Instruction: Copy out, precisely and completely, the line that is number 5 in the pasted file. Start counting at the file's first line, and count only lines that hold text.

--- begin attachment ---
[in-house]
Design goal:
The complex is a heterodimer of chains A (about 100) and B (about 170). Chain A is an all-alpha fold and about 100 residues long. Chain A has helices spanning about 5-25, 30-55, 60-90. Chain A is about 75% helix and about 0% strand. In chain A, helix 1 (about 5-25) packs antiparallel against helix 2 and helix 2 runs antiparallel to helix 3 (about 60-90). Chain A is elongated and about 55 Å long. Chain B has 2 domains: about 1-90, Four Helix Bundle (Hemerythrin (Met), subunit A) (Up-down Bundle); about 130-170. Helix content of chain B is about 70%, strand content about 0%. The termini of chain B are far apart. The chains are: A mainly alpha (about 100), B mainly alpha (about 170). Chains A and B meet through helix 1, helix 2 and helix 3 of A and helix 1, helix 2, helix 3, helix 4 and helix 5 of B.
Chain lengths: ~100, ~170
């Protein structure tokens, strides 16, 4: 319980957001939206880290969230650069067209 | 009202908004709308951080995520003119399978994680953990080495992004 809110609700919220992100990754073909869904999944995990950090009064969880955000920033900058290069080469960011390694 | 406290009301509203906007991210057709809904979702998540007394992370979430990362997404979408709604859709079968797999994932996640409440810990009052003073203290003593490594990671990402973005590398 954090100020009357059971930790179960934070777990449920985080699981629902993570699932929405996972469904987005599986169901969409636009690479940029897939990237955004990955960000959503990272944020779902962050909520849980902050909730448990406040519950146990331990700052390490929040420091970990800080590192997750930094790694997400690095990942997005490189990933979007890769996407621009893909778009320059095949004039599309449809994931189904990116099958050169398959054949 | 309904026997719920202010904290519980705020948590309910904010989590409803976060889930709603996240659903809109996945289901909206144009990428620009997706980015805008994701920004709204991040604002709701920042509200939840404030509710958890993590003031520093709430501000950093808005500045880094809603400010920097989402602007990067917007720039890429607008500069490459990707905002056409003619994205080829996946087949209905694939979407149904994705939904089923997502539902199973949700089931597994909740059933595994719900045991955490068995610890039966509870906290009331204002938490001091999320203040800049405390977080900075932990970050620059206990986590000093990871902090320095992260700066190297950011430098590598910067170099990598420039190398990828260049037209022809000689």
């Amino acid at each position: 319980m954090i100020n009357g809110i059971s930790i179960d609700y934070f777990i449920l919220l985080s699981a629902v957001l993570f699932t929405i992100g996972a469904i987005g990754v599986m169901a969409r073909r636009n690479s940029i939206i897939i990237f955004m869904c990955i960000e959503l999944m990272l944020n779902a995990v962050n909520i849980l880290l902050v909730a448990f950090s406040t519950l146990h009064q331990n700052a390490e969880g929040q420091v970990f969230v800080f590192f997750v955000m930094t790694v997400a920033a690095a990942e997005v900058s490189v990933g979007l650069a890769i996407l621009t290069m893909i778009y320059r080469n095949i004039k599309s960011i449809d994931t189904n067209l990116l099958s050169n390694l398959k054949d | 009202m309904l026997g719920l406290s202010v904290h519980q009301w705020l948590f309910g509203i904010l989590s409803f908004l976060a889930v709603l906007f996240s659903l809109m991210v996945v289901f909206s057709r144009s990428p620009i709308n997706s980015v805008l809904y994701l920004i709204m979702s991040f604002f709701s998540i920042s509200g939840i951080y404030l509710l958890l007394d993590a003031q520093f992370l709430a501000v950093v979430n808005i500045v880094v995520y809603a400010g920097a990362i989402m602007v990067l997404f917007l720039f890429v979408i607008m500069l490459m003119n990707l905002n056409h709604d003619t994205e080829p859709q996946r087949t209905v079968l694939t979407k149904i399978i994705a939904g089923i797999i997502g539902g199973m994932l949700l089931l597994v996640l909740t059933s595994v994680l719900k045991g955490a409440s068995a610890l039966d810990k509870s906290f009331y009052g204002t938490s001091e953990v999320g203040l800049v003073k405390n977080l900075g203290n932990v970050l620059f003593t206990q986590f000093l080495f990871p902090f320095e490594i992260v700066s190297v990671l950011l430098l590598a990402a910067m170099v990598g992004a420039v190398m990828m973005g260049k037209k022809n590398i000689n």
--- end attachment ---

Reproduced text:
């Protein structure tokens, strides 16, 4: 319980957001939206880290969230650069067209 | 009202908004709308951080995520003119399978994680953990080495992004 809110609700919220992100990754073909869904999944995990950090009064969880955000920033900058290069080469960011390694 | 406290009301509203906007991210057709809904979702998540007394992370979430990362997404979408709604859709079968797999994932996640409440810990009052003073203290003593490594990671990402973005590398 954090100020009357059971930790179960934070777990449920985080699981629902993570699932929405996972469904987005599986169901969409636009690479940029897939990237955004990955960000959503990272944020779902962050909520849980902050909730448990406040519950146990331990700052390490929040420091970990800080590192997750930094790694997400690095990942997005490189990933979007890769996407621009893909778009320059095949004039599309449809994931189904990116099958050169398959054949 | 309904026997719920202010904290519980705020948590309910904010989590409803976060889930709603996240659903809109996945289901909206144009990428620009997706980015805008994701920004709204991040604002709701920042509200939840404030509710958890993590003031520093709430501000950093808005500045880094809603400010920097989402602007990067917007720039890429607008500069490459990707905002056409003619994205080829996946087949209905694939979407149904994705939904089923997502539902199973949700089931597994909740059933595994719900045991955490068995610890039966509870906290009331204002938490001091999320203040800049405390977080900075932990970050620059206990986590000093990871902090320095992260700066190297950011430098590598910067170099990598420039190398990828260049037209022809000689």